"I think there's this idea going around that we might be an easy studio to work with, but that doesn't mean that we're just making whatever for whoever, whenever."
- Platinum Games cofounder Atsushi Inaba.
As you can see from the quote above, the staff of independent Japanese game developer Platinum Games are well aware of the company's reputation for tackling multiple projects at once.
The company turns ten next year, and in advance of the occasion a number of Platinum staffers spoke to GameSpot about how the studio's approach to making games has (or hasn't) changed in the years since it was born from the ashes of Capcom's defunct Clover Studio.
Developers may especially appreciate comments made by studio leader Atsushi Inaba about why Platinum seems to cut so many console exclusivity deals, as it suggests Platinum makes them to help boost the profile of games the studio wants to make but might otherwise be a bit too niche or expensive to fund and promote.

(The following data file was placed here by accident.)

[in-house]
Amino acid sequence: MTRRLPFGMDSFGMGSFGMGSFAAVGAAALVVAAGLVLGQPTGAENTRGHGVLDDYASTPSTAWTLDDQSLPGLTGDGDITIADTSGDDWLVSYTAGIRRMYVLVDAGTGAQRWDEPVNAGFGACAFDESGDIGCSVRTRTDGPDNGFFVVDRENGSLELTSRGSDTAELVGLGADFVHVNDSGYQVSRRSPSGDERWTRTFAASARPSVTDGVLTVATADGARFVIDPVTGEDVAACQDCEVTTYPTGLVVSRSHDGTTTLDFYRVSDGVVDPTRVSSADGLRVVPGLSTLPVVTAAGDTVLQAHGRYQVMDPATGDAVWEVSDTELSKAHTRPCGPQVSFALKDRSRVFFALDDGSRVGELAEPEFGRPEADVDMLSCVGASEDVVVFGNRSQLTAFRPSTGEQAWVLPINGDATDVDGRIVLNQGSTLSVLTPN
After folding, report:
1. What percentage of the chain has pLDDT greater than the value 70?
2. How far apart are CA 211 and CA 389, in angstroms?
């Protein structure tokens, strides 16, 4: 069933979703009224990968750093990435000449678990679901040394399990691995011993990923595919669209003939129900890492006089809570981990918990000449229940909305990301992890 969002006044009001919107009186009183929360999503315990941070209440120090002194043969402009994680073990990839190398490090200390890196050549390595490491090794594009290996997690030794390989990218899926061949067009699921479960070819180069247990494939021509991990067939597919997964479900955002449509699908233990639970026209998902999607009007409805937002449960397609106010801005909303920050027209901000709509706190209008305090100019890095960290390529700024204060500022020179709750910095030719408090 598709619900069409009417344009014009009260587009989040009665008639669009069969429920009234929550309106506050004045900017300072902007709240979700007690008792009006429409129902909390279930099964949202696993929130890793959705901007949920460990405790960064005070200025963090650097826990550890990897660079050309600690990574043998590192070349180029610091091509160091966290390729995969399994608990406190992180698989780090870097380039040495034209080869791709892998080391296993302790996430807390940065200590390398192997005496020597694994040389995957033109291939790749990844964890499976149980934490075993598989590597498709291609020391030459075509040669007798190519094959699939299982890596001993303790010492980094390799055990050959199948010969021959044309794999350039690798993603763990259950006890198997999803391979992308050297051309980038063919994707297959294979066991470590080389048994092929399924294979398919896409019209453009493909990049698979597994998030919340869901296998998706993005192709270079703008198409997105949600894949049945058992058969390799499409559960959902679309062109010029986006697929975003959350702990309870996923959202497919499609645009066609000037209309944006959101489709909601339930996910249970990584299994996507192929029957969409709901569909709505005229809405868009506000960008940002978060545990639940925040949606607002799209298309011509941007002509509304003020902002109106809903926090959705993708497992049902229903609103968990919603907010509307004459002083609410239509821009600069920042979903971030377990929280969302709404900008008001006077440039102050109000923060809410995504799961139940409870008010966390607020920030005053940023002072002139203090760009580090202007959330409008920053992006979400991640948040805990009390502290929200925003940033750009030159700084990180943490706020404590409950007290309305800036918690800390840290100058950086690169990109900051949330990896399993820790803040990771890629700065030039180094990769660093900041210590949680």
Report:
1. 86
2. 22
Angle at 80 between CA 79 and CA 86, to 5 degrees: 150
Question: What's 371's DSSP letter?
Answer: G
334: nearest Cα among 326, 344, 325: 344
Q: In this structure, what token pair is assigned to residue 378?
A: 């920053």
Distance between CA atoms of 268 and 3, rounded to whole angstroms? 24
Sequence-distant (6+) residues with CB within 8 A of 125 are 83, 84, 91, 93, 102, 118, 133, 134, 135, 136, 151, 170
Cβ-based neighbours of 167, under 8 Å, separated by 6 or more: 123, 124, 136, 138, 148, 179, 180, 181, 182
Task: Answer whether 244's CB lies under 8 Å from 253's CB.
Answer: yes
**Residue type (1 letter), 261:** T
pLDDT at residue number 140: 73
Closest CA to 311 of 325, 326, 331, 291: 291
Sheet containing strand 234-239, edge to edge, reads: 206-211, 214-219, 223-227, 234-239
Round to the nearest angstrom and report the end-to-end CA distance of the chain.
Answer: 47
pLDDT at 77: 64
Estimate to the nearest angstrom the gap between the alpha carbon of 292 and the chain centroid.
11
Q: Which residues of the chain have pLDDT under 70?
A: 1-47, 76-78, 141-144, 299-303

"We don't have a specific stance towards console exclusives, but what we do have are games that we really want to make, and it's very difficult now to find partners who are ready to make big bets on larger games like that," Inaba told GameSpot. "In the cases where we've created a console exclusive, that's often been a case of us wanting to get a game made and not stopping until we've done that."
It's unclear whether such a strategy could be applied successfully by other developers, but it does seem to be working out well for Platinum: the studio currently has three console exclusives in development for three different platforms (Scalebound for Xbox One, Star Fox Zero for Nintendo's Wii U and Nier: Automata for the PlayStation 4, though Inaba notes the Nier deal was publisher Square Enix's idea, not Platinum's) and seems to have successfully developed offbeat titles like The Wonderful 101 and Bayonetta 2 thanks (at least in part) to console exclusivity deals.
For more comments from Platinum developers, check out the full feature over on GameSpot.